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Chinese Companies Lead the Bidding for Brazilian Oil Reserves

09/24/2013 - 09h01

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DENISE LUNA
FROM RIO DE JANEIRO

Last year China overtook the United States as the world's largest importer of oil. The Chinese currently consume nearly 10 million barrels a day, a figure five times greater than that for Brazil.

No surprise then, that three of the eleven companies due to participate in bidding for the rights to the Libra oilfield, Brazil's largest oil reserve, are Chinese. The area, located in the Santos Basin, is forecast to produce 1 million barrels of oil a day by 2020. This figure is half of that which Petrobras took 60 years to reach.

The Chinese investment is a sure sign the bidding war will be fierce. "They are buying the reserves," says Jean Paul Prates, director of the Strategy Center for Natural Resources and Energy. "This is everything that China wants - a competent local operator [Petrobras] and guaranteed reserves involving less risk than in other countries."

Eraldo Peres/AP
The sale is also a boon for Petrobras. With cash tight due to the delay in fuel adjustments, pre-salt layer oil currently represents the company's most likely source of profits.
The sale is also a boon for Petrobras. With cash tight due to the delay in fuel adjustments, pre-salt layer oil currently represents the company's most likely source of profits.

Competing in the bidding will be CNOOC (China National Offshore Oil Corporation); CNPC (China National Petroleum Corporation) and Sinopec, in partnership with the Spanish company Repsol, with which it has already worked in Brazil.

As China has changed in recent decades, becoming a predominantly urban country, these companies have grown, leading the search for alternatives to coal.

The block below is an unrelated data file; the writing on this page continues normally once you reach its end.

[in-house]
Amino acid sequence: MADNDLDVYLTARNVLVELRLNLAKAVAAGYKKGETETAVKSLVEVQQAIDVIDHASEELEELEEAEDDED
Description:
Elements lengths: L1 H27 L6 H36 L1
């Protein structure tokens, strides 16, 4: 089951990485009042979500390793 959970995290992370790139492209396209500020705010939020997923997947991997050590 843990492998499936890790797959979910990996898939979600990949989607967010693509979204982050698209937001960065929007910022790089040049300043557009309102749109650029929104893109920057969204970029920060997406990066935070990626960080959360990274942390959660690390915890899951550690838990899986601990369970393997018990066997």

For Prates, China, like Japan - now urgently searching for new sources of energy following the Fukushima nuclear disaster in 2011 - is going to be assertive in its bidding. But it is the Chinese, he says, who "will sit down and write the checks."

The sale is also a boon for Petrobras. With cash tight due to the delay in fuel adjustments, as well as 770 projects in progress and a further 177 being assessed, pre-salt layer oil currently represents the company's most likely source of profits.

The company owns proven reserves of 3.4 billion barrels in the Santos Basin, and in little more than five years has managed to achieve production of around 300,000 barrels daily.

The Libra oilfield has estimated reserves of a further 8 to 12 billion barrels. Its exploration will mark the beginning of a new arrangement under which the government will be paid in oil. The money left over once production costs are taken into account will be divided between members of the winning consortium.

Current market speculation suggests that Petrobras is likely to increase its share in the reserves, from the mandatory 30% to somewhere around 50%, dividing the reserves with a Chinese partner.

Translated by TOM GATEHOUSE

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